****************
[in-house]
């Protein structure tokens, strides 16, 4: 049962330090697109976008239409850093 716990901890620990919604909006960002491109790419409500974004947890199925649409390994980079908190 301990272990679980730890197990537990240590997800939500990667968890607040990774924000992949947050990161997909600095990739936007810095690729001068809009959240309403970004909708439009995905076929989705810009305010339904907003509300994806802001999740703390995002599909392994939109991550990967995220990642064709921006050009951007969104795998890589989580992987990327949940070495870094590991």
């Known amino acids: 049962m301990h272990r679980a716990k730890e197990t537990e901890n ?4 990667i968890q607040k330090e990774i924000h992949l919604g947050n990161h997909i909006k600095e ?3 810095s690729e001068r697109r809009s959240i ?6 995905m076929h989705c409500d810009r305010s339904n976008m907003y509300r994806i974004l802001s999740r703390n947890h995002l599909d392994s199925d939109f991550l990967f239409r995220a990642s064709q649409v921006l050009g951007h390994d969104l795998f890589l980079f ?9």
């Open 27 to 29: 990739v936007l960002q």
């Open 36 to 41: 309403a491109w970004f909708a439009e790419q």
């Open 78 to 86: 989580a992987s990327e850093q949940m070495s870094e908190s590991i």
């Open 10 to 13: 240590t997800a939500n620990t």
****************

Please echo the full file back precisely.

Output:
[in-house]
């Protein structure tokens, strides 16, 4: 049962330090697109976008239409850093 716990901890620990919604909006960002491109790419409500974004947890199925649409390994980079908190 301990272990679980730890197990537990240590997800939500990667968890607040990774924000992949947050990161997909600095990739936007810095690729001068809009959240309403970004909708439009995905076929989705810009305010339904907003509300994806802001999740703390995002599909392994939109991550990967995220990642064709921006050009951007969104795998890589989580992987990327949940070495870094590991």
């Known amino acids: 049962m301990h272990r679980a716990k730890e197990t537990e901890n ?4 990667i968890q607040k330090e990774i924000h992949l919604g947050n990161h997909i909006k600095e ?3 810095s690729e001068r697109r809009s959240i ?6 995905m076929h989705c409500d810009r305010s339904n976008m907003y509300r994806i974004l802001s999740r703390n947890h995002l599909d392994s199925d939109f991550l990967f239409r995220a990642s064709q649409v921006l050009g951007h390994d969104l795998f890589l980079f ?9």
């Open 27 to 29: 990739v936007l960002q």
């Open 36 to 41: 309403a491109w970004f909708a439009e790419q």
């Open 78 to 86: 989580a992987s990327e850093q949940m070495s870094e908190s590991i």
């Open 10 to 13: 240590t997800a939500n620990t």